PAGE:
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Definition: legion from Philip's Encyclopedia

Basic organizational unit of the Roman army from the early Republic to the fall of the Empire in the West in the 5th century ad. During the great period of Rome's expansion, a legion was about 6,000 men strong, consisting mainly of heavy infantrymen (legionaries), with some light troops and cavalry in support. The legion was subdivided into cohorts (420 men each), maniples (120 men each) and centuries (100 men each).


Summary Article: legion
from The Columbia Encyclopedia

large unit of the Roman army. It came into prominence c.400 B.C. It originally consisted of 3,000 to 4,000 men drawn into eight ranks: the first six ranks, called hoplites, were heavily armed, while the last two, called velites, were only lightly armed. Marcus Furius Camillus is traditionally regarded as the great organizer of the legion. Under Camillus the hoplites were divided into three groups: the hastati (youngest men), the principes, and the triarii (oldest). Within the legion was the cohort, consisting of one maniple of each of the three groups plus 120 velites and a cavalry unit about 30 strong. A legion was composed of 10 cohorts and comprised about 5,000 men. In Caesar's time each legion had a commander who was responsible to the Senate, 6 tribunes, a legate, a prefect, and some 60 centurions. Training was hard, with much difficult drilling to prepare the men especially in shock tactics and for rapid marches. The standard weapons were the spear (pilum) and (after Scipio Africanus Major conquered Spain) the short thrusting sword (gladius). The characteristic emblems of the legions were eagles inscribed SPQR [Senatus Populusque Romanus—the Senate and the people of Rome], and they carried the eagles in triumph over the far reaches of the empire for hundreds of years. Upon the legions rested to a large extent the glory of Rome. They were primarily heavy infantry and were vulnerable to quickly moving cavalry and archers (e.g., the defeat of Marcus Lucinius Crassus at Carrhae) and to guerrilla fighters (e.g., the famous defeat of Varus by the Germans). With the Germanic invasions the legion proved unable to match the barbarian horsemen, rendering it obsolete.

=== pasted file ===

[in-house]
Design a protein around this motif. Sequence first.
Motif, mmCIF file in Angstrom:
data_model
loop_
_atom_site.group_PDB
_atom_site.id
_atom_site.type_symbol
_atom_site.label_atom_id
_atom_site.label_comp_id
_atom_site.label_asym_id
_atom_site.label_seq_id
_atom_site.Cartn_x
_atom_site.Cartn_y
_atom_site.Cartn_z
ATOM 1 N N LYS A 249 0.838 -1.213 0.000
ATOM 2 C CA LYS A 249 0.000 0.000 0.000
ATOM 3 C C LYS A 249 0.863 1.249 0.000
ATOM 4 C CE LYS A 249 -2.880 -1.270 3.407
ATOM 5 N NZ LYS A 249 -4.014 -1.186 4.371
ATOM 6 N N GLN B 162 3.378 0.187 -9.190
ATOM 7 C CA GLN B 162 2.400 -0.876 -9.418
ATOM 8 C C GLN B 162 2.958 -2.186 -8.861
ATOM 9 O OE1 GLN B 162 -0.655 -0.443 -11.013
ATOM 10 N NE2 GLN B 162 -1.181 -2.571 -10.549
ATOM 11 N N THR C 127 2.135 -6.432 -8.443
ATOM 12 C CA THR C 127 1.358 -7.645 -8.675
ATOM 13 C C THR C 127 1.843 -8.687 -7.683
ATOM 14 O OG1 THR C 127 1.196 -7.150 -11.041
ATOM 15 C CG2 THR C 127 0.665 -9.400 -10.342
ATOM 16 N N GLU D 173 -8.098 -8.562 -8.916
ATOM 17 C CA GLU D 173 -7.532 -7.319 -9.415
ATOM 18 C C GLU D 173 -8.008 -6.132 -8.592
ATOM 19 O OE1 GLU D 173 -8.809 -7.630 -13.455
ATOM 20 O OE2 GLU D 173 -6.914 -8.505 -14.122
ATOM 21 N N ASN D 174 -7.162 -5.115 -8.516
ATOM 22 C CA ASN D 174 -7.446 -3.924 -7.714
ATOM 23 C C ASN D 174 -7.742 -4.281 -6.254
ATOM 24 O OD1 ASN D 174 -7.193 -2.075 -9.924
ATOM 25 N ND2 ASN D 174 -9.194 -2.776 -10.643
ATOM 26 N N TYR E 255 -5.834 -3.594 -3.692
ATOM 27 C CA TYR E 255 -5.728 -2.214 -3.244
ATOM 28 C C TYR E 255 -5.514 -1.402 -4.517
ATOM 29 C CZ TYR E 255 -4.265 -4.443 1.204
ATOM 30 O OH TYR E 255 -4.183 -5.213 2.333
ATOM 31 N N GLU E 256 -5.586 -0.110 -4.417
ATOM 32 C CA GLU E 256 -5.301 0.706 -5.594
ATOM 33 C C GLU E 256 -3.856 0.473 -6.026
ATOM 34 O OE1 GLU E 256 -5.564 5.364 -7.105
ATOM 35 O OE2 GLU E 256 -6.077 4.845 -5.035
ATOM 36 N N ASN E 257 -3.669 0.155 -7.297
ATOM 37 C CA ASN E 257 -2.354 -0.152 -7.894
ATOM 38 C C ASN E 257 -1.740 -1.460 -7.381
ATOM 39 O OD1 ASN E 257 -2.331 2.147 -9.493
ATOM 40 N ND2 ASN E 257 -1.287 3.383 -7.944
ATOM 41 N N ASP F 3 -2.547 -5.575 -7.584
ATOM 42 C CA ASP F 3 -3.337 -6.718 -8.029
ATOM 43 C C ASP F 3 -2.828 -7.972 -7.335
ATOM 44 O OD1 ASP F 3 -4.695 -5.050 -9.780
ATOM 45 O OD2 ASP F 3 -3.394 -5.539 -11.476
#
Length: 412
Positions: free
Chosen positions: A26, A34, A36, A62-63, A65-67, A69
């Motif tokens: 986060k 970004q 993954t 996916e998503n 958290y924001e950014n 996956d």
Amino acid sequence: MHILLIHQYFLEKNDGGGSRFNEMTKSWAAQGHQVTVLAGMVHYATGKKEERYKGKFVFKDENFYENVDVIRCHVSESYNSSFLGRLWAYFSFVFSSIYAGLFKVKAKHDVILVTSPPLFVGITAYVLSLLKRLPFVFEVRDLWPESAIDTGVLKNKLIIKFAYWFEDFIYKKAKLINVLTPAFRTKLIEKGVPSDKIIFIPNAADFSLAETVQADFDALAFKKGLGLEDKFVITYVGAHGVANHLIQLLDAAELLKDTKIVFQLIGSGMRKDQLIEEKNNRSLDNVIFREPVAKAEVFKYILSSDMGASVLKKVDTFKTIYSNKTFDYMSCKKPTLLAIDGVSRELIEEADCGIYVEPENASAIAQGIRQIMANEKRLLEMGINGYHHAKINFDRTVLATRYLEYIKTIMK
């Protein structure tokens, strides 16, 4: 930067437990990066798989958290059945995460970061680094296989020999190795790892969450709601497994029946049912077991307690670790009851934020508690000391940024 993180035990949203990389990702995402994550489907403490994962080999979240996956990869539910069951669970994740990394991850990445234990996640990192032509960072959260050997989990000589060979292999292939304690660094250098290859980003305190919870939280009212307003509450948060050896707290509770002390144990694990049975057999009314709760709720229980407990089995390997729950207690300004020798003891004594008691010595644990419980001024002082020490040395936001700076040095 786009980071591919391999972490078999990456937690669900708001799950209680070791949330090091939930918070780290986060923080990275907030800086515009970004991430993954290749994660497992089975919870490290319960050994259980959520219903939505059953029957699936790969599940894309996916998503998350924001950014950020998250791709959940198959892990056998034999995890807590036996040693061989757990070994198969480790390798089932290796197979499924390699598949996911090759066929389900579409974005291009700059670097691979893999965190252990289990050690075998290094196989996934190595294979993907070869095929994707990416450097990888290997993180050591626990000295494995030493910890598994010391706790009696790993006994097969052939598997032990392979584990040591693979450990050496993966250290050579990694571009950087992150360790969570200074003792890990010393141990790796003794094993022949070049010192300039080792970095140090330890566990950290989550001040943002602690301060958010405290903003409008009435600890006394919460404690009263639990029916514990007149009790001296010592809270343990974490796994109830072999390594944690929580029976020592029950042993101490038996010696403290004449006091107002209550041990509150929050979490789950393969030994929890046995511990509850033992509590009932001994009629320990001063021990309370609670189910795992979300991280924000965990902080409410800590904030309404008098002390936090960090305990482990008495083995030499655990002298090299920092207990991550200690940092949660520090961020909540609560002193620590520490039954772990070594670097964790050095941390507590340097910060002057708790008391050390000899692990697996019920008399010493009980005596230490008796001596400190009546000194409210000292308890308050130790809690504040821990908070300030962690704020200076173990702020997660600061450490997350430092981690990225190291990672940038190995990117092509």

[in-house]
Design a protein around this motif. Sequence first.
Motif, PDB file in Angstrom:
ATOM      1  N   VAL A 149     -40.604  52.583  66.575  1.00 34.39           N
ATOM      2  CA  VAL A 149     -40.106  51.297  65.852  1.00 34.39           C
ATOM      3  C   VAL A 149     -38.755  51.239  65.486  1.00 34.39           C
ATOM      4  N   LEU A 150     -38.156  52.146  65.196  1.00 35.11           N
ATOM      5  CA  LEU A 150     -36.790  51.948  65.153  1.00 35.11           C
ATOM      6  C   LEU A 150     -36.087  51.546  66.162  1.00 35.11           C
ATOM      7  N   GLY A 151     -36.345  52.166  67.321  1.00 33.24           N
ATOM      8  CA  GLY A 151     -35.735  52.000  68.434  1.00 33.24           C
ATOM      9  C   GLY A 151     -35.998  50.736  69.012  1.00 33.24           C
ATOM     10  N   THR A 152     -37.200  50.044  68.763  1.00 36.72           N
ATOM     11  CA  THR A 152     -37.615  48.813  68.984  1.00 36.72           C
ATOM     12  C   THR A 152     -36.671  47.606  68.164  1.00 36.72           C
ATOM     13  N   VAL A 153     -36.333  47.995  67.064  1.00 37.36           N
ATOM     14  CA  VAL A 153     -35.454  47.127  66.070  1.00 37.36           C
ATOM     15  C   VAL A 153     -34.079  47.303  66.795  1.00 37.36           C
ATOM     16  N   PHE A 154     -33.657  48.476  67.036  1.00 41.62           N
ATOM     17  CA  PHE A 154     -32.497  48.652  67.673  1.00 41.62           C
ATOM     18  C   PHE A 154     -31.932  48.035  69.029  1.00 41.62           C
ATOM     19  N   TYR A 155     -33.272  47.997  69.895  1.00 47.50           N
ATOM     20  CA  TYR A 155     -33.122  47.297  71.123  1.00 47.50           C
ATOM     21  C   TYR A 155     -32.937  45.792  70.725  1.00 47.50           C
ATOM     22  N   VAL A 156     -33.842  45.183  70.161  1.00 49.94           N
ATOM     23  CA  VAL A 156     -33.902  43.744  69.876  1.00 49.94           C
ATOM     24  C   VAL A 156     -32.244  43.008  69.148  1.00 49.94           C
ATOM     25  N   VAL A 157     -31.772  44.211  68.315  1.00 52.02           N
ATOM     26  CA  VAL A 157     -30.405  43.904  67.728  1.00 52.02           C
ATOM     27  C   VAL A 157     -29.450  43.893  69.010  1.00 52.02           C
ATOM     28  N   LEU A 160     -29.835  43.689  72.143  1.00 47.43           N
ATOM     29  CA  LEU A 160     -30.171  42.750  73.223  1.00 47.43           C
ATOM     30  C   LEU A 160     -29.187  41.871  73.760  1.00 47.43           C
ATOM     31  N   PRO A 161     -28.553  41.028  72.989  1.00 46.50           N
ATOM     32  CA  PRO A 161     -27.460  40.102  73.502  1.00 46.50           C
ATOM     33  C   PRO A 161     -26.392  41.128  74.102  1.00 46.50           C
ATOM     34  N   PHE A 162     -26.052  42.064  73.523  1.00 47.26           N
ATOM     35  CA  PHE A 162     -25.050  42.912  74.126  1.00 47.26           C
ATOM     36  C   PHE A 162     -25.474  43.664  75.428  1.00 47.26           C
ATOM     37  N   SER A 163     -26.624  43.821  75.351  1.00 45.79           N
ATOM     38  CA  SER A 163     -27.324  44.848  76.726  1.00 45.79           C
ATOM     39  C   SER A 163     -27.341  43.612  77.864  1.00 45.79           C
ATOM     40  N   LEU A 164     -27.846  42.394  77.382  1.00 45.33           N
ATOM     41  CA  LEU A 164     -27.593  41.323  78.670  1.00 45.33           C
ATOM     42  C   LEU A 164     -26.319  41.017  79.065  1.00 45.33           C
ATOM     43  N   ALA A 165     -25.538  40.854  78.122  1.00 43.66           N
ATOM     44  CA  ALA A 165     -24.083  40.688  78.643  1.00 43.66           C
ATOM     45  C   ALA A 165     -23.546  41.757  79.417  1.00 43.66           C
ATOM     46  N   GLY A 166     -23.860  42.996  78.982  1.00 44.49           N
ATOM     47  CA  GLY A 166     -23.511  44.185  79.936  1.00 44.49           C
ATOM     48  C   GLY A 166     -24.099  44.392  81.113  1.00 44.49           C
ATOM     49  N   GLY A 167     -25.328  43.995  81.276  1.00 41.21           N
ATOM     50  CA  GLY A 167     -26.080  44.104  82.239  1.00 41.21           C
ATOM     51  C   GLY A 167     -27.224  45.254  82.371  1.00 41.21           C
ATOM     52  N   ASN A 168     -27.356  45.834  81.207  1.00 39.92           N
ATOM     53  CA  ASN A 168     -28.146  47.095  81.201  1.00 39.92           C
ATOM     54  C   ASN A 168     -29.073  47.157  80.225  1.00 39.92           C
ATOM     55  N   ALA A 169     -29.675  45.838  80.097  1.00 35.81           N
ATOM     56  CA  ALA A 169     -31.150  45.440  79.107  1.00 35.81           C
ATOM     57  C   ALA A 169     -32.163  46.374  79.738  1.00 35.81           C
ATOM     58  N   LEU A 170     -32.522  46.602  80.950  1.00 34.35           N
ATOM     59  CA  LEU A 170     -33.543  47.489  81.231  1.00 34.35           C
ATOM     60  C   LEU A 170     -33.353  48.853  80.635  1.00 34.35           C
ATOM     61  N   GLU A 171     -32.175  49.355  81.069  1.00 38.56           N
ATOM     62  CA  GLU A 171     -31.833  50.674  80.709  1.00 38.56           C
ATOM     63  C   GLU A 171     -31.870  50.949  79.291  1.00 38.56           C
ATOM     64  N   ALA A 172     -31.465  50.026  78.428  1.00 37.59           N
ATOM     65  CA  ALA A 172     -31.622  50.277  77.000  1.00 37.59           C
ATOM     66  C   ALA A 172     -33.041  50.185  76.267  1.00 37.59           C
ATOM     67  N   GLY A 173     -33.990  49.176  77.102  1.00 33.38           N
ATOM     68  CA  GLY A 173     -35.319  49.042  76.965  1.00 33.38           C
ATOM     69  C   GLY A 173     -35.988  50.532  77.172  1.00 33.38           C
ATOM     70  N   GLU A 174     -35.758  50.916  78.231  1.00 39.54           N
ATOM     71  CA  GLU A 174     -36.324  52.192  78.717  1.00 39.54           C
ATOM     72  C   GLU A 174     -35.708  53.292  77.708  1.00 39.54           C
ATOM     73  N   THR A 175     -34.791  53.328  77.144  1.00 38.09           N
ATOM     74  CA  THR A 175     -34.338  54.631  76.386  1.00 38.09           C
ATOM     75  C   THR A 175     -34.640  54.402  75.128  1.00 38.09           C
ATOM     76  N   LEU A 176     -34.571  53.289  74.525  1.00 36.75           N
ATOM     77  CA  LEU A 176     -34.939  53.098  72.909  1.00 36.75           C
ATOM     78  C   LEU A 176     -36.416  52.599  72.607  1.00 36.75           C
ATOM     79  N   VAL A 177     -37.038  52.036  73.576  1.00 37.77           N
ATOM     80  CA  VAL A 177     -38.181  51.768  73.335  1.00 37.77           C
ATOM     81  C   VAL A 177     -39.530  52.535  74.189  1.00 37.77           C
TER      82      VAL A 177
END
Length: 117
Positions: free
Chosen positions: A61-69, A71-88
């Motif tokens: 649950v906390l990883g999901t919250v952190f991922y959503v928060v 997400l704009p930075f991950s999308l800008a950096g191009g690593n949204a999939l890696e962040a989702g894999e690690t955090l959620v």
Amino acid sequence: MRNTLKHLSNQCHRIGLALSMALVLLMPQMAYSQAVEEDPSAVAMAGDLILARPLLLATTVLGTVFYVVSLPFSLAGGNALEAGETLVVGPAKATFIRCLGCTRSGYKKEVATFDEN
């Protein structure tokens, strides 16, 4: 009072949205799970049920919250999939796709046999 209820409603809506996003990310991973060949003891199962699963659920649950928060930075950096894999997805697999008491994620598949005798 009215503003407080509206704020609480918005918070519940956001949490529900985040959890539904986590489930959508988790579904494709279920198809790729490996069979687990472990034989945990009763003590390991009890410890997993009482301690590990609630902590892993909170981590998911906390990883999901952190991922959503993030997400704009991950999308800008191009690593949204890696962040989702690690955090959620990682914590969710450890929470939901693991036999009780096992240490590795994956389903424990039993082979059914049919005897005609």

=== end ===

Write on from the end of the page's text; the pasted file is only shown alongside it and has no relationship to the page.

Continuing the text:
• See Webster, G. , The Roman Imperial Army of the First and Second Centuries (1969).
The Columbia Encyclopedia, © Columbia University Press 2018

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